After the election, Carlbom went to work as communications director for St. Paul Mayor Chris Coleman. But now he faces the formidable task of helping turn back the same-sex marriage amendment. Voters in 29 states previously have considered gay marriage bans. In every instance they have supported amending the state Constitution in order to prohibit same-sex nuptials. (North Carolina will vote on a same-sex marriage referendum in May.)
But polling has shown that acceptance of gay marriage has grown significantly in recent years. The Star Tribune’s Minnesota Poll found in May that 55 percent of adults opposed amending the Constitution to prohibit same-sex ceremonies, while just 39 percent were in favor of it. Seven years earlier the results were reversed, with 58 percent of Minnesota Poll respondents supporting a constitutional amendment to prohibit gay marriage.
“We have 30 years of experience and lessons learned on this,” Carlbom said. “We’re going to look very deeply at what didn’t work and why we lost in other states. Based on our own education and our own experience in different states, we believe we can build a winning strategy in Minnesota that makes us the first state to go the other way. It’s not going to be easy. It’s going to require us to improve on everything that we’ve already done right in other states.”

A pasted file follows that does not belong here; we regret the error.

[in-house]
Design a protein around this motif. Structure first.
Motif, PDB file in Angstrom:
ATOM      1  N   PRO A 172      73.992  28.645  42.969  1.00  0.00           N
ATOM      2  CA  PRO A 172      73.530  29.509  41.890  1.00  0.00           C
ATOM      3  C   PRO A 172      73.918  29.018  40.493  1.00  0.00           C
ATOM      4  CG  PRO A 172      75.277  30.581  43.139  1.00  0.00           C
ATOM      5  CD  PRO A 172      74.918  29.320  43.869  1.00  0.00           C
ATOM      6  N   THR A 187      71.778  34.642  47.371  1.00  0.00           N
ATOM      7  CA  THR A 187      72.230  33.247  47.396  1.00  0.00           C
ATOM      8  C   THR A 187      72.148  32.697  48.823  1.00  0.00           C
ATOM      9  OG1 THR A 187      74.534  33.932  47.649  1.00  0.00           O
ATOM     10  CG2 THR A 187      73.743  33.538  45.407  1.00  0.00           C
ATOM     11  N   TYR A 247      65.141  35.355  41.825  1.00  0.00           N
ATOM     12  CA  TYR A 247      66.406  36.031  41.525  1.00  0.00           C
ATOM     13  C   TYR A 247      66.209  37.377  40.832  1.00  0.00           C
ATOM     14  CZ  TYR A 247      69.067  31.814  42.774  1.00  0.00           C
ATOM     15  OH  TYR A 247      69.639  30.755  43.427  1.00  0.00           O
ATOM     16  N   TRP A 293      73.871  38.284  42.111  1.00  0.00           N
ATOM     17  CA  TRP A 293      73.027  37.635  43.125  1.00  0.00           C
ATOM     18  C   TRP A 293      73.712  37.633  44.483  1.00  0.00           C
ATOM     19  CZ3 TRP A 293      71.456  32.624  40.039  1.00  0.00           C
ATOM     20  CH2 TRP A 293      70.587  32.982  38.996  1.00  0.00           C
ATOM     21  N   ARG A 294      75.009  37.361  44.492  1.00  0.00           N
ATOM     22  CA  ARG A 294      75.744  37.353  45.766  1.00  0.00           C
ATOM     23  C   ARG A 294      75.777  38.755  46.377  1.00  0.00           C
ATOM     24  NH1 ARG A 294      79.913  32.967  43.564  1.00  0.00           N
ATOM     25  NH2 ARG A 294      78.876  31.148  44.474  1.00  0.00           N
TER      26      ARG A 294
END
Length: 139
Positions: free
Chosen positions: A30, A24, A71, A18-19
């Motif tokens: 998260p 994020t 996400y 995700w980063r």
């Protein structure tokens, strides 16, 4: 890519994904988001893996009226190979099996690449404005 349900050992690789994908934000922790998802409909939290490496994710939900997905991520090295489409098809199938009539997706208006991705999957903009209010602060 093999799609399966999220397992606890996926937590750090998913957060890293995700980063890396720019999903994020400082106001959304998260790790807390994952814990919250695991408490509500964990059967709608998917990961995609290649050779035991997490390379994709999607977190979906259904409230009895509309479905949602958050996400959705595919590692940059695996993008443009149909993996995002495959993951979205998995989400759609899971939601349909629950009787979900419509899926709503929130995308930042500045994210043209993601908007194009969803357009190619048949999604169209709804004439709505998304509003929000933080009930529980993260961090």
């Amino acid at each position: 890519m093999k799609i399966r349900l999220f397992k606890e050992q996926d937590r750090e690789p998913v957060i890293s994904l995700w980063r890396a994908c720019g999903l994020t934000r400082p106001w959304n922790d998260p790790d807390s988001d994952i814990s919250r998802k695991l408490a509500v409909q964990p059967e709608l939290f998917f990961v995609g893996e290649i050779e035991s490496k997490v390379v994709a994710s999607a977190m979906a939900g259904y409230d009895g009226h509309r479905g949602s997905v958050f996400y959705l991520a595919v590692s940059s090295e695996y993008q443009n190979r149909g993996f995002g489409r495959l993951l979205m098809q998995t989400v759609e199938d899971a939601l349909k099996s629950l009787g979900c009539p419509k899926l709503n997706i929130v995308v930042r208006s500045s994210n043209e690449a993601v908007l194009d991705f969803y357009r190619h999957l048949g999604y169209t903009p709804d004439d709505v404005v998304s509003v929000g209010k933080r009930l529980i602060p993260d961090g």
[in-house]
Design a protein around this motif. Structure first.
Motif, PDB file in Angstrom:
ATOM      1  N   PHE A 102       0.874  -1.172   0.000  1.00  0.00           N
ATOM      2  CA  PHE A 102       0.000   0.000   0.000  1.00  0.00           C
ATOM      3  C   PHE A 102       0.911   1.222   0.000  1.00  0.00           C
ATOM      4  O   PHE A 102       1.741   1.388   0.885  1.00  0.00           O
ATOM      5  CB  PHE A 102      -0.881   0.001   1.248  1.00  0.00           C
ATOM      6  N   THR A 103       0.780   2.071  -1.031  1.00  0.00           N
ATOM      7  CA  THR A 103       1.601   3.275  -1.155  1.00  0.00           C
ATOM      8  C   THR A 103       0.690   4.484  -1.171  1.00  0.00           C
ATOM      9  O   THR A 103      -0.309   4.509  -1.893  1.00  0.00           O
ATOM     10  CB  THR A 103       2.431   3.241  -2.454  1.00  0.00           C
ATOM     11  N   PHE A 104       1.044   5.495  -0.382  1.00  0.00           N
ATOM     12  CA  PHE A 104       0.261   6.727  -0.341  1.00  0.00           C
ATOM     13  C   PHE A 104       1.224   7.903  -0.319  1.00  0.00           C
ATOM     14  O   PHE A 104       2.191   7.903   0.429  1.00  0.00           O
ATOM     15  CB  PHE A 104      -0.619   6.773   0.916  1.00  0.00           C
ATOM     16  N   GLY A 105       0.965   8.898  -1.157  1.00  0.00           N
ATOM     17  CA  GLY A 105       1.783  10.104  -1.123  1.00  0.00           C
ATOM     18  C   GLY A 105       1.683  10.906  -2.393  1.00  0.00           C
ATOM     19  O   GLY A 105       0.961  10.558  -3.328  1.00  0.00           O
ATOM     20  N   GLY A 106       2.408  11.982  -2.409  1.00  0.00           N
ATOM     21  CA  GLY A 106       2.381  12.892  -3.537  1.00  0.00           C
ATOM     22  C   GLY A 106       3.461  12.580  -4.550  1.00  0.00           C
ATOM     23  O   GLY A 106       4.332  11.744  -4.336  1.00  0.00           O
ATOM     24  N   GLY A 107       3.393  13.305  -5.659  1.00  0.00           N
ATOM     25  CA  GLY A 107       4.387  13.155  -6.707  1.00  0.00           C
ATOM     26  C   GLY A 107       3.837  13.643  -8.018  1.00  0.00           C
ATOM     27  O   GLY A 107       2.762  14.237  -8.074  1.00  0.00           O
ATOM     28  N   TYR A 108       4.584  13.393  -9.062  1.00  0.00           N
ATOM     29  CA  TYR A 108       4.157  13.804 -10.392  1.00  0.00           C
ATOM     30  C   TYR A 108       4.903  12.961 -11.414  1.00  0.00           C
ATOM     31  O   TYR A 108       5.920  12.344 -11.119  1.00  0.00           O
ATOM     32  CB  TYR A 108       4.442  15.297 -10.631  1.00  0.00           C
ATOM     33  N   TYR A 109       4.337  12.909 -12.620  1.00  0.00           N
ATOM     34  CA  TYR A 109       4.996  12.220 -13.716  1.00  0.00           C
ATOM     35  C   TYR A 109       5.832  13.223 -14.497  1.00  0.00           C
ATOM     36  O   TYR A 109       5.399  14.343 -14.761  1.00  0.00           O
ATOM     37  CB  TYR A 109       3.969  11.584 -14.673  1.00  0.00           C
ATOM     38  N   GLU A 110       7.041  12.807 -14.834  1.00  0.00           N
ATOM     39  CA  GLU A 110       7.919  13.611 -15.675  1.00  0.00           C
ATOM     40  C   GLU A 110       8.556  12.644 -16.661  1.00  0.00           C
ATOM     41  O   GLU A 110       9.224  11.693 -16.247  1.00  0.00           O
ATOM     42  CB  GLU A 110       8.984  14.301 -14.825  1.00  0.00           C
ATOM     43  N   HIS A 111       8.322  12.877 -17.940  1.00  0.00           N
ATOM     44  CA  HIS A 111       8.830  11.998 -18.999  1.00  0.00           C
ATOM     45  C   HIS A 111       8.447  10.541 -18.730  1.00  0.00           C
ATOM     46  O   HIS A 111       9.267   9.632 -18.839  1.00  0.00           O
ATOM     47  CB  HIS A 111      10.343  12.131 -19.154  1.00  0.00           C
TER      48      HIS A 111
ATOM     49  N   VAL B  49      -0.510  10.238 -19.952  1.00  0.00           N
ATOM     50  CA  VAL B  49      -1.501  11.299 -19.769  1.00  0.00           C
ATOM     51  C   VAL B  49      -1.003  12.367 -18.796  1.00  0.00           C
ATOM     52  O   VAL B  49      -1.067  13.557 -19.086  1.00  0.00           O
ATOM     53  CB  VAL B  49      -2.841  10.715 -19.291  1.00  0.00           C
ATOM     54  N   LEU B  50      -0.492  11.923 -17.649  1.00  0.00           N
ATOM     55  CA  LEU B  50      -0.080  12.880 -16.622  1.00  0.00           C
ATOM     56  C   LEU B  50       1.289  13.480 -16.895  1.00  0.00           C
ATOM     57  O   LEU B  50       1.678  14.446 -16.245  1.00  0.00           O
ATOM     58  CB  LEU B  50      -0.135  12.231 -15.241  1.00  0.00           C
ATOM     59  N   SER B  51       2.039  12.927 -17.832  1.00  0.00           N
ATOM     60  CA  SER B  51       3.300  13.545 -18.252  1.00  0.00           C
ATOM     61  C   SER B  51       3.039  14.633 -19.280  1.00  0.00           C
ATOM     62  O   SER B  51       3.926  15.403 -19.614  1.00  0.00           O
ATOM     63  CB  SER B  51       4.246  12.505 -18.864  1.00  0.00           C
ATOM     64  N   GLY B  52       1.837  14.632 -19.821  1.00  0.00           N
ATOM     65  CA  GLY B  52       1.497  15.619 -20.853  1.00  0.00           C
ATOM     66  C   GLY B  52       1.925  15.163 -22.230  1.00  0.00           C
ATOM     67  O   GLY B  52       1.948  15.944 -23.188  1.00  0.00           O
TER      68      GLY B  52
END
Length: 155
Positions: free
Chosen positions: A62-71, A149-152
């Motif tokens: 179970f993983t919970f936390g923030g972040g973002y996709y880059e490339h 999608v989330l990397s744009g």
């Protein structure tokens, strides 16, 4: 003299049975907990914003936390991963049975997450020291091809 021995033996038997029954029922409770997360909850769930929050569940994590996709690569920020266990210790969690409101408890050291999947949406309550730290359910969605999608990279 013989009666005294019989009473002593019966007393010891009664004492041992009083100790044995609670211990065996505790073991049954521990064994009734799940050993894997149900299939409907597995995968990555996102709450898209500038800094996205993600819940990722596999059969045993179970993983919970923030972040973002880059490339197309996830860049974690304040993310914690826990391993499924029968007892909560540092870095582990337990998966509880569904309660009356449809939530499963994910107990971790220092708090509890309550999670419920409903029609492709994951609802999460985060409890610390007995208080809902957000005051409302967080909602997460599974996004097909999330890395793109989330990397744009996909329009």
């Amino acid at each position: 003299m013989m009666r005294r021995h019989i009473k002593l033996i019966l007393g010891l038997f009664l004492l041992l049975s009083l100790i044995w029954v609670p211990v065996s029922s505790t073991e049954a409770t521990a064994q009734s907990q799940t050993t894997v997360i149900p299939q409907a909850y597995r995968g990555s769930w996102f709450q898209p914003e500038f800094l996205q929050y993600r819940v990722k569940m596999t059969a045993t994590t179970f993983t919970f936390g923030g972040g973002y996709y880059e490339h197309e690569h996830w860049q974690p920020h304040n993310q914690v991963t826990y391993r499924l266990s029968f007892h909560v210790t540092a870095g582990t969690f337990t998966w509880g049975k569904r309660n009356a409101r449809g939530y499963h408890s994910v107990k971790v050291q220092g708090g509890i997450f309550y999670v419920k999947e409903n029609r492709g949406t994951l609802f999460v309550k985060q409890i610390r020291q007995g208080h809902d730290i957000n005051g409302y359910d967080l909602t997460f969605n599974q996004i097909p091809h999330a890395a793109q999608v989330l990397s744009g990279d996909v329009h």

Coalition’s breadth poses challenges
Individuals involved in the search to select a campaign manager for Minnesotans United praise Carlbom’s credentials. Cristine Almeida, a lobbyist, attorney and former state Senate chief of staff, helped lead the process of getting the organization off the ground. She played a similar role three years ago in helping organize the group that led the successful campaign to raise the state’s sales tax and devote the funding to arts and the environment. “Some of these initiatives end up making unusual or surprising bedfellows,” Almeida said. “This is really a nonpartisan or all-partisan issue. It cuts across all party lines. … It cuts across race; it cuts across religion.”